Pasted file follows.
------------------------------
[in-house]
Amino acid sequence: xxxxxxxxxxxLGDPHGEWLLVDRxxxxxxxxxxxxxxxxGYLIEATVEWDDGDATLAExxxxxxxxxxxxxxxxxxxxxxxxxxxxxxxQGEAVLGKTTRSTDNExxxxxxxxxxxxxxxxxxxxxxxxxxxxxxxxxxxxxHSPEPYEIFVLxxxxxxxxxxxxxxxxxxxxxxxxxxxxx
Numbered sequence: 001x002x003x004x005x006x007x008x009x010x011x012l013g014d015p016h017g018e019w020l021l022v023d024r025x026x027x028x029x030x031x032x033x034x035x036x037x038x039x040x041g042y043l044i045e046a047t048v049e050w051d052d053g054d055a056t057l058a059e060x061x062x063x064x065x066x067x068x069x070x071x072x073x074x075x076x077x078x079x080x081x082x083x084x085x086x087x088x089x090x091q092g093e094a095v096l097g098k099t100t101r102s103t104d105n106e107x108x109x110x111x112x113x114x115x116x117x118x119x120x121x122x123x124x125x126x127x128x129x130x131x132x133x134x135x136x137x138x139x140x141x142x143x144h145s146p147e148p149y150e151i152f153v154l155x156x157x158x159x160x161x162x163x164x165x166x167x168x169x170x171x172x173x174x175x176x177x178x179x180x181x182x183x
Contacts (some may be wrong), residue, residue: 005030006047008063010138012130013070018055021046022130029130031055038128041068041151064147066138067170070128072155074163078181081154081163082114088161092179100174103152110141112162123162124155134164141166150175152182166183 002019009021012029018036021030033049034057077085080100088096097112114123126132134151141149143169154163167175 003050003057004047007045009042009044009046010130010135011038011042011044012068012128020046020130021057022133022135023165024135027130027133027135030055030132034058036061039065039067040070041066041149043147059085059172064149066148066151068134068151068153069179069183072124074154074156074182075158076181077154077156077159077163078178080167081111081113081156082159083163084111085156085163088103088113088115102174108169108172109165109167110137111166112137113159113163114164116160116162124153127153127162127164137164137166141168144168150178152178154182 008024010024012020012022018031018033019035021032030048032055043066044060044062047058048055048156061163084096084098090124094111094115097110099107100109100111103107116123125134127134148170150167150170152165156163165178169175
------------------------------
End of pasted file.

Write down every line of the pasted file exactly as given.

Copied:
[in-house]
Amino acid sequence: xxxxxxxxxxxLGDPHGEWLLVDRxxxxxxxxxxxxxxxxGYLIEATVEWDDGDATLAExxxxxxxxxxxxxxxxxxxxxxxxxxxxxxxQGEAVLGKTTRSTDNExxxxxxxxxxxxxxxxxxxxxxxxxxxxxxxxxxxxxHSPEPYEIFVLxxxxxxxxxxxxxxxxxxxxxxxxxxxxx
Numbered sequence: 001x002x003x004x005x006x007x008x009x010x011x012l013g014d015p016h017g018e019w020l021l022v023d024r025x026x027x028x029x030x031x032x033x034x035x036x037x038x039x040x041g042y043l044i045e046a047t048v049e050w051d052d053g054d055a056t057l058a059e060x061x062x063x064x065x066x067x068x069x070x071x072x073x074x075x076x077x078x079x080x081x082x083x084x085x086x087x088x089x090x091q092g093e094a095v096l097g098k099t100t101r102s103t104d105n106e107x108x109x110x111x112x113x114x115x116x117x118x119x120x121x122x123x124x125x126x127x128x129x130x131x132x133x134x135x136x137x138x139x140x141x142x143x144h145s146p147e148p149y150e151i152f153v154l155x156x157x158x159x160x161x162x163x164x165x166x167x168x169x170x171x172x173x174x175x176x177x178x179x180x181x182x183x
Contacts (some may be wrong), residue, residue: 005030006047008063010138012130013070018055021046022130029130031055038128041068041151064147066138067170070128072155074163078181081154081163082114088161092179100174103152110141112162123162124155134164141166150175152182166183 002019009021012029018036021030033049034057077085080100088096097112114123126132134151141149143169154163167175 003050003057004047007045009042009044009046010130010135011038011042011044012068012128020046020130021057022133022135023165024135027130027133027135030055030132034058036061039065039067040070041066041149043147059085059172064149066148066151068134068151068153069179069183072124074154074156074182075158076181077154077156077159077163078178080167081111081113081156082159083163084111085156085163088103088113088115102174108169108172109165109167110137111166112137113159113163114164116160116162124153127153127162127164137164137166141168144168150178152178154182 008024010024012020012022018031018033019035021032030048032055043066044060044062047058048055048156061163084096084098090124094111094115097110099107100109100111103107116123125134127134148170150167150170152165156163165178169175